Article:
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Is it warm yet where you live? We are still camped out in the 40s and 50s most days, but the milder weather is inevitable even in upstate NY. Time to get out and explore, hike, and enjoy the outdoors. How about some motivation? This week our focus is on the mountain ranges of the world in Geography Quest: Mountain Edition.
Identify the World’s Mountain Ranges
Can you name all the mountain ranges in the world? We can start big and go small.
- List the mountain ranges you can think of by continent– go back and see if you missed any.
- Name countries which have major mountain ranges.
- Name the mountain ranges– can you make a list before you look them up?
- List the mountains you’ve visited.
- Tell which mountains you have hiked and/or summitted.
Map the World’s Mountain Ranges
You can choose the map you’d like for this activity. I might choose several map so you can see the results well.
- Use a world map to show where mountains ranges are located.
- Using your continent list, print a map of each continent and label the mountains with a triangle symbol.
- Label the mountains on country maps using your list of countries as a resource. (after you check accuracy- of course!)
- Look at where the mountain ranges are located. Is there relationship between where you find mountains and the earth’s geology? Can you explain it?
Fast Facts on Mountains
Now it’s time to see if you can locate these mountain facts. Ready?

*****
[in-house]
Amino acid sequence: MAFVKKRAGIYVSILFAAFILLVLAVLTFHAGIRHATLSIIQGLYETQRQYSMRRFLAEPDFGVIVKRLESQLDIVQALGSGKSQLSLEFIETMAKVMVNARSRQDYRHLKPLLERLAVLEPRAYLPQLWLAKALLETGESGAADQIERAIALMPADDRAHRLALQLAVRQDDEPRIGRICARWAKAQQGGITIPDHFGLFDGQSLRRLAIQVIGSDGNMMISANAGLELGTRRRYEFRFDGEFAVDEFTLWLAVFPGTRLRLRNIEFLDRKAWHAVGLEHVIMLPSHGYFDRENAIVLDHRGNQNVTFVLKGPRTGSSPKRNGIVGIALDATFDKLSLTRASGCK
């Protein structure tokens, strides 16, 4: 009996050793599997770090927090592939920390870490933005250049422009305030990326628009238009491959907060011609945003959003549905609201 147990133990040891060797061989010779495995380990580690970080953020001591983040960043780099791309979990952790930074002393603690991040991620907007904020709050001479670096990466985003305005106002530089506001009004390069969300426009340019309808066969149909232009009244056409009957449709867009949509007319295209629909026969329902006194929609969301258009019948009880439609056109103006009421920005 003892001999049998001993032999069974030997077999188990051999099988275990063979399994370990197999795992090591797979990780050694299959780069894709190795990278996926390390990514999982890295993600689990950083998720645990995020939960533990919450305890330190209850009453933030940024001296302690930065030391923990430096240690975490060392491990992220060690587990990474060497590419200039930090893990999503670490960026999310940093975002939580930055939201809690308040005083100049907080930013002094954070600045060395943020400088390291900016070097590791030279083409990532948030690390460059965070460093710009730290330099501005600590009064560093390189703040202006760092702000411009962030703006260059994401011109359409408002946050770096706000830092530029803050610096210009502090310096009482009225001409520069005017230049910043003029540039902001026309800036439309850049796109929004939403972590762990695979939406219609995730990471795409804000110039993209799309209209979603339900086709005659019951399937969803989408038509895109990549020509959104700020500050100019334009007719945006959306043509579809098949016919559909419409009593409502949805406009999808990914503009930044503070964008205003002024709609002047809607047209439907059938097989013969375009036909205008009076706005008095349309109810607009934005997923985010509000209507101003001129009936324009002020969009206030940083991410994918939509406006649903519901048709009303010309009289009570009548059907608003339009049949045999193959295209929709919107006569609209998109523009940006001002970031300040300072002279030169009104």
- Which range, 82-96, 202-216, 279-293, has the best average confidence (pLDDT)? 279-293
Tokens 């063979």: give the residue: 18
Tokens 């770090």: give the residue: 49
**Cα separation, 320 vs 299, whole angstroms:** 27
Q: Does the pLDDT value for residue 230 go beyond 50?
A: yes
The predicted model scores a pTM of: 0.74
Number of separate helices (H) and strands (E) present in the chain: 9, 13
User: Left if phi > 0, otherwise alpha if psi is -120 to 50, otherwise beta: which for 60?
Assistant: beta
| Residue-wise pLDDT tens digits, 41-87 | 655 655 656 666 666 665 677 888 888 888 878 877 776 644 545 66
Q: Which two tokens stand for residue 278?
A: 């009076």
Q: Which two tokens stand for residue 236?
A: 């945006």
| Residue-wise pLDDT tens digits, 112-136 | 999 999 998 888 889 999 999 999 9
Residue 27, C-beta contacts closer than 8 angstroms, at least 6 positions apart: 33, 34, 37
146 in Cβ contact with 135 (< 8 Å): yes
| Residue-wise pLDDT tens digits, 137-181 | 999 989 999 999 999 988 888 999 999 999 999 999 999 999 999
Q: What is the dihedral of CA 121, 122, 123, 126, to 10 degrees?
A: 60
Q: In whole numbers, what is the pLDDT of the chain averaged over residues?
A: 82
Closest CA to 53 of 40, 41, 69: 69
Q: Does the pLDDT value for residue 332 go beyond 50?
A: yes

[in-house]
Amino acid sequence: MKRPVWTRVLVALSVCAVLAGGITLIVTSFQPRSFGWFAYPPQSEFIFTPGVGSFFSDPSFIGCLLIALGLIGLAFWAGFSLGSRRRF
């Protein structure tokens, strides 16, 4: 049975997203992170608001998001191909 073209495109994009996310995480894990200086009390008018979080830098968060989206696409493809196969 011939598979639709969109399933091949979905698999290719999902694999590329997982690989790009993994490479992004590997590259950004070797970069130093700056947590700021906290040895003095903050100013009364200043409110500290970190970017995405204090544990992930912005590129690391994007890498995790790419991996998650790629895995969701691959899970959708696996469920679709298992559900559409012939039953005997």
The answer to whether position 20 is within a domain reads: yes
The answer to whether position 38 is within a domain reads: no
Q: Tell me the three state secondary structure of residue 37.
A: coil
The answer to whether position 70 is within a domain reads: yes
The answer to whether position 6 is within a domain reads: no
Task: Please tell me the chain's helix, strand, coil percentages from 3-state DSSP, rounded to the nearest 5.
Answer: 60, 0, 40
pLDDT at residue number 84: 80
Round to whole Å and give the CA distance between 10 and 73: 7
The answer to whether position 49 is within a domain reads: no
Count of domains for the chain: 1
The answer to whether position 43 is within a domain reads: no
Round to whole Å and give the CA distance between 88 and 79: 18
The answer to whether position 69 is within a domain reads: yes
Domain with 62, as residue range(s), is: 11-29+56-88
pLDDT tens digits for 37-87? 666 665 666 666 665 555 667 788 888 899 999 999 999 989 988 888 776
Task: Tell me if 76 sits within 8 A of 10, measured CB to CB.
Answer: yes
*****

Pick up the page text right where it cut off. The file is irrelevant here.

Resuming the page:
- Identify the tallest mountain range in the world. Any guesses?
- What is the longest range of mountains?
- What is the mountain/range with the lowest elevation?
- Which mountains are the shortest- as in the size of the mountain “chain”?
- Identify famous “through hikes” of mountain ranges. The east coast of the US has one. Are there others?
- How are mountains made?
- What is the ring of fire? Are there mountains nearby?
- Which mountain is the most active volcano?
- Find the mountains that separate Spain and France.
- Can you find any mountains in the news right now?
What else would like to find out about mountains? Try making your own fast fact questions to ask your family.
Does your family enjoy hiking? Have you ever used a topographic map? Now is a great time to try one out. You can find one of your local area through the USGS website.
- Locate a topographical map (topo map) of your area using the USGS site.
- Interpret the symbols on the map. What do the concentric lines mean?
- What does it mean when the lines are close together? Further apart?
- Take a walk with your topo map- this might reveal what the lines mean as well!
- Make your own topo map of your yard. If your yard doesn’t offer much variety in elevation, then try a nearby park or another familiar spot.
- Use the topo map to mark places on your trail. We have a map of a few local trails which we use to make waypoints for navigating our way.
Mountains provide much beauty and reveal the fierceness our planet can experience both in form and function (ie the weather!). Take on this week’s Geography Quest and enjoy a mountain adventure!